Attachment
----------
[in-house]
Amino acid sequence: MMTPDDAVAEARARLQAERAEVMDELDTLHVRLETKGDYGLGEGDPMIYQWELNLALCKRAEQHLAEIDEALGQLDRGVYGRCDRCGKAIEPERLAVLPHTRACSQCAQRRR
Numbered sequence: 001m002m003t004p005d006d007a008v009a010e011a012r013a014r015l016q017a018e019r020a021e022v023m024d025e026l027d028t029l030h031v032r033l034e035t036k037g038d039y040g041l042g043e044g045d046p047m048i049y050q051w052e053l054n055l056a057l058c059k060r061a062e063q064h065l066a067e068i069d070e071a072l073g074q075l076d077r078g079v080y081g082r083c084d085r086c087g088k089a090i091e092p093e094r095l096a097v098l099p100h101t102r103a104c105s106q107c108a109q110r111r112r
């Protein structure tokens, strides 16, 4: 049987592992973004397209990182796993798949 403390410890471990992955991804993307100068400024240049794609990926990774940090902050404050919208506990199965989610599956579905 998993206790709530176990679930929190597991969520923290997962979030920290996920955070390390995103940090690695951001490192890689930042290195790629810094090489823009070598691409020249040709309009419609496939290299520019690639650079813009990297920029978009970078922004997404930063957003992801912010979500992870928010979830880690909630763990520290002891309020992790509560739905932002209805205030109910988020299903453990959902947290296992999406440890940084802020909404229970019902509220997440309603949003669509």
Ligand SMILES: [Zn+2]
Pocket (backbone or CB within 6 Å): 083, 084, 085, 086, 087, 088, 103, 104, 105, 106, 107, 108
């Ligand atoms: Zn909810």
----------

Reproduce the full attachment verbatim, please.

[in-house]
Amino acid sequence: MMTPDDAVAEARARLQAERAEVMDELDTLHVRLETKGDYGLGEGDPMIYQWELNLALCKRAEQHLAEIDEALGQLDRGVYGRCDRCGKAIEPERLAVLPHTRACSQCAQRRR
Numbered sequence: 001m002m003t004p005d006d007a008v009a010e011a012r013a014r015l016q017a018e019r020a021e022v023m024d025e026l027d028t029l030h031v032r033l034e035t036k037g038d039y040g041l042g043e044g045d046p047m048i049y050q051w052e053l054n055l056a057l058c059k060r061a062e063q064h065l066a067e068i069d070e071a072l073g074q075l076d077r078g079v080y081g082r083c084d085r086c087g088k089a090i091e092p093e094r095l096a097v098l099p100h101t102r103a104c105s106q107c108a109q110r111r112r
């Protein structure tokens, strides 16, 4: 049987592992973004397209990182796993798949 403390410890471990992955991804993307100068400024240049794609990926990774940090902050404050919208506990199965989610599956579905 998993206790709530176990679930929190597991969520923290997962979030920290996920955070390390995103940090690695951001490192890689930042290195790629810094090489823009070598691409020249040709309009419609496939290299520019690639650079813009990297920029978009970078922004997404930063957003992801912010979500992870928010979830880690909630763990520290002891309020992790509560739905932002209805205030109910988020299903453990959902947290296992999406440890940084802020909404229970019902509220997440309603949003669509």
Ligand SMILES: [Zn+2]
Pocket (backbone or CB within 6 Å): 083, 084, 085, 086, 087, 088, 103, 104, 105, 106, 107, 108
């Ligand atoms: Zn909810």